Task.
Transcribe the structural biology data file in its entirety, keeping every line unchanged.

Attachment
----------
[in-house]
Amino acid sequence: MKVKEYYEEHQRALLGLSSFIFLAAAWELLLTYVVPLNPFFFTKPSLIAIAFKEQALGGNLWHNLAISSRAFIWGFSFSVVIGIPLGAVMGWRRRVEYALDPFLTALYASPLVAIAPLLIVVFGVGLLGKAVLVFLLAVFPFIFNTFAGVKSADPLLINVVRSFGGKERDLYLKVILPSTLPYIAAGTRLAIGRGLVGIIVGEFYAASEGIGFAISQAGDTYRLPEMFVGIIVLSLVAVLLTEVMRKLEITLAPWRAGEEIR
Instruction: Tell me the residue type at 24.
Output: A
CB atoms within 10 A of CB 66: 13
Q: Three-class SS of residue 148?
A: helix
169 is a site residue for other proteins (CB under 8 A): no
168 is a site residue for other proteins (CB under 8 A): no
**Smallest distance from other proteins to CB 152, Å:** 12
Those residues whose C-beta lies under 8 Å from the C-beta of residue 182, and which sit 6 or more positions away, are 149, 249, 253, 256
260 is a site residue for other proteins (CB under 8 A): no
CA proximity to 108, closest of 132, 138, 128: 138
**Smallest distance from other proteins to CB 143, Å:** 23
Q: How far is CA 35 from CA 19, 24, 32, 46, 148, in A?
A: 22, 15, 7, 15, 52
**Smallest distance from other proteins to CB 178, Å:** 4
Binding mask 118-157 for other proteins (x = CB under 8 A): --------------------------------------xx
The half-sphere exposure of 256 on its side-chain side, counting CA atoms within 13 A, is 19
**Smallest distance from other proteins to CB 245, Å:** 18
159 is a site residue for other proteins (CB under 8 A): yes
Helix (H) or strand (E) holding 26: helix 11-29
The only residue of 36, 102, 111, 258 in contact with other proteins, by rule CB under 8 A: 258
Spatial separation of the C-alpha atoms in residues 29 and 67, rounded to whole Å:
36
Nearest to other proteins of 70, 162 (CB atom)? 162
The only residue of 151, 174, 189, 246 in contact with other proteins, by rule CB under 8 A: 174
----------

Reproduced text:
[in-house]
Amino acid sequence: MKVKEYYEEHQRALLGLSSFIFLAAAWELLLTYVVPLNPFFFTKPSLIAIAFKEQALGGNLWHNLAISSRAFIWGFSFSVVIGIPLGAVMGWRRRVEYALDPFLTALYASPLVAIAPLLIVVFGVGLLGKAVLVFLLAVFPFIFNTFAGVKSADPLLINVVRSFGGKERDLYLKVILPSTLPYIAAGTRLAIGRGLVGIIVGEFYAASEGIGFAISQAGDTYRLPEMFVGIIVLSLVAVLLTEVMRKLEITLAPWRAGEEIR
Instruction: Tell me the residue type at 24.
Output: A
CB atoms within 10 A of CB 66: 13
Q: Three-class SS of residue 148?
A: helix
169 is a site residue for other proteins (CB under 8 A): no
168 is a site residue for other proteins (CB under 8 A): no
**Smallest distance from other proteins to CB 152, Å:** 12
Those residues whose C-beta lies under 8 Å from the C-beta of residue 182, and which sit 6 or more positions away, are 149, 249, 253, 256
260 is a site residue for other proteins (CB under 8 A): no
CA proximity to 108, closest of 132, 138, 128: 138
**Smallest distance from other proteins to CB 143, Å:** 23
Q: How far is CA 35 from CA 19, 24, 32, 46, 148, in A?
A: 22, 15, 7, 15, 52
**Smallest distance from other proteins to CB 178, Å:** 4
Binding mask 118-157 for other proteins (x = CB under 8 A): --------------------------------------xx
The half-sphere exposure of 256 on its side-chain side, counting CA atoms within 13 A, is 19
**Smallest distance from other proteins to CB 245, Å:** 18
159 is a site residue for other proteins (CB under 8 A): yes
Helix (H) or strand (E) holding 26: helix 11-29
The only residue of 36, 102, 111, 258 in contact with other proteins, by rule CB under 8 A: 258
Spatial separation of the C-alpha atoms in residues 29 and 67, rounded to whole Å:
36
Nearest to other proteins of 70, 162 (CB atom)? 162
The only residue of 151, 174, 189, 246 in contact with other proteins, by rule CB under 8 A: 174